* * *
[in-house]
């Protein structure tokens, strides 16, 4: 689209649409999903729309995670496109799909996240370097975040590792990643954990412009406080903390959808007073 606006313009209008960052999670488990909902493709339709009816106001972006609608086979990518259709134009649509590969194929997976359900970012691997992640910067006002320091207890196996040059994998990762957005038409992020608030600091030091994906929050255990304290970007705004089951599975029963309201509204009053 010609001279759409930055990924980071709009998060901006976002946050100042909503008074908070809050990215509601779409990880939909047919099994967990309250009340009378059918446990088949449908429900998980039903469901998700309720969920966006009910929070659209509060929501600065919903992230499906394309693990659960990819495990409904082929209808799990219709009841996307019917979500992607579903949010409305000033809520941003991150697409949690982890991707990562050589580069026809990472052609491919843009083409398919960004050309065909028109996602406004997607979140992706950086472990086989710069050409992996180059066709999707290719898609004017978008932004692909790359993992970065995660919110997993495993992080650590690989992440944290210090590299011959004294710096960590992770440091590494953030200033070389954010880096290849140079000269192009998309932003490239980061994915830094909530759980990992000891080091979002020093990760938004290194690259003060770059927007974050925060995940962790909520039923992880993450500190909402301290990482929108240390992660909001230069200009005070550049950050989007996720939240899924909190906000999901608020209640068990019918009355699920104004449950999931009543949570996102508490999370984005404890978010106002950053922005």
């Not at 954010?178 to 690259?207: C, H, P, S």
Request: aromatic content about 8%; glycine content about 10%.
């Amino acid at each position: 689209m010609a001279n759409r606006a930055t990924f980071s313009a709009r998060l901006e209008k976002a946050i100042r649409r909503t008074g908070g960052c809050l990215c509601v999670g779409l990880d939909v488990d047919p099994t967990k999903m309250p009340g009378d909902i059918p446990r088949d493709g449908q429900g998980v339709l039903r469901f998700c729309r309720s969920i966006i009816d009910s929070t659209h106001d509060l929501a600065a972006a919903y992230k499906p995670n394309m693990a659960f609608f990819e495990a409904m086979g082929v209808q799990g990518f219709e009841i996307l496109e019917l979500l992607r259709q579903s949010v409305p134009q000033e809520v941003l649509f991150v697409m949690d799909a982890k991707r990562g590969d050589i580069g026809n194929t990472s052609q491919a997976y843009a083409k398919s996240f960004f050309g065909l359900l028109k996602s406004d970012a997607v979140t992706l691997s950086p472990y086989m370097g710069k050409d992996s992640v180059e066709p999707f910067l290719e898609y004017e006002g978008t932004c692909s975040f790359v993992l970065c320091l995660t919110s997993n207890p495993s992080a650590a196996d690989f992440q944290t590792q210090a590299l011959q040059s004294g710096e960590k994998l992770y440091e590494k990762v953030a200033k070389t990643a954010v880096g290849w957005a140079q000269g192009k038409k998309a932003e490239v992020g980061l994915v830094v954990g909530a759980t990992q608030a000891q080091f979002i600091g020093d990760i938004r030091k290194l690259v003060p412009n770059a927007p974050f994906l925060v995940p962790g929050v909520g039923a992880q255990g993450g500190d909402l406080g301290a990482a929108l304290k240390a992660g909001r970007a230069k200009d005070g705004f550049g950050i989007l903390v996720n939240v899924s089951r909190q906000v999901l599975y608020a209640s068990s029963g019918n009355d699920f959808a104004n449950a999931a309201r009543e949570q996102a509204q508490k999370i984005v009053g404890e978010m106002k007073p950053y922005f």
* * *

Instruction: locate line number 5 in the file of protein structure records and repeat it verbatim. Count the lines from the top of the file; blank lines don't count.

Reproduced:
């Amino acid at each position: 689209m010609a001279n759409r606006a930055t990924f980071s313009a709009r998060l901006e209008k976002a946050i100042r649409r909503t008074g908070g960052c809050l990215c509601v999670g779409l990880d939909v488990d047919p099994t967990k999903m309250p009340g009378d909902i059918p446990r088949d493709g449908q429900g998980v339709l039903r469901f998700c729309r309720s969920i966006i009816d009910s929070t659209h106001d509060l929501a600065a972006a919903y992230k499906p995670n394309m693990a659960f609608f990819e495990a409904m086979g082929v209808q799990g990518f219709e009841i996307l496109e019917l979500l992607r259709q579903s949010v409305p134009q000033e809520v941003l649509f991150v697409m949690d799909a982890k991707r990562g590969d050589i580069g026809n194929t990472s052609q491919a997976y843009a083409k398919s996240f960004f050309g065909l359900l028109k996602s406004d970012a997607v979140t992706l691997s950086p472990y086989m370097g710069k050409d992996s992640v180059e066709p999707f910067l290719e898609y004017e006002g978008t932004c692909s975040f790359v993992l970065c320091l995660t919110s997993n207890p495993s992080a650590a196996d690989f992440q944290t590792q210090a590299l011959q040059s004294g710096e960590k994998l992770y440091e590494k990762v953030a200033k070389t990643a954010v880096g290849w957005a140079q000269g192009k038409k998309a932003e490239v992020g980061l994915v830094v954990g909530a759980t990992q608030a000891q080091f979002i600091g020093d990760i938004r030091k290194l690259v003060p412009n770059a927007p974050f994906l925060v995940p962790g929050v909520g039923a992880q255990g993450g500190d909402l406080g301290a990482a929108l304290k240390a992660g909001r970007a230069k200009d005070g705004f550049g950050i989007l903390v996720n939240v899924s089951r909190q906000v999901l599975y608020a209640s068990s029963g019918n009355d699920f959808a104004n449950a999931a309201r009543e949570q996102a509204q508490k999370i984005v009053g404890e978010m106002k007073p950053y922005f």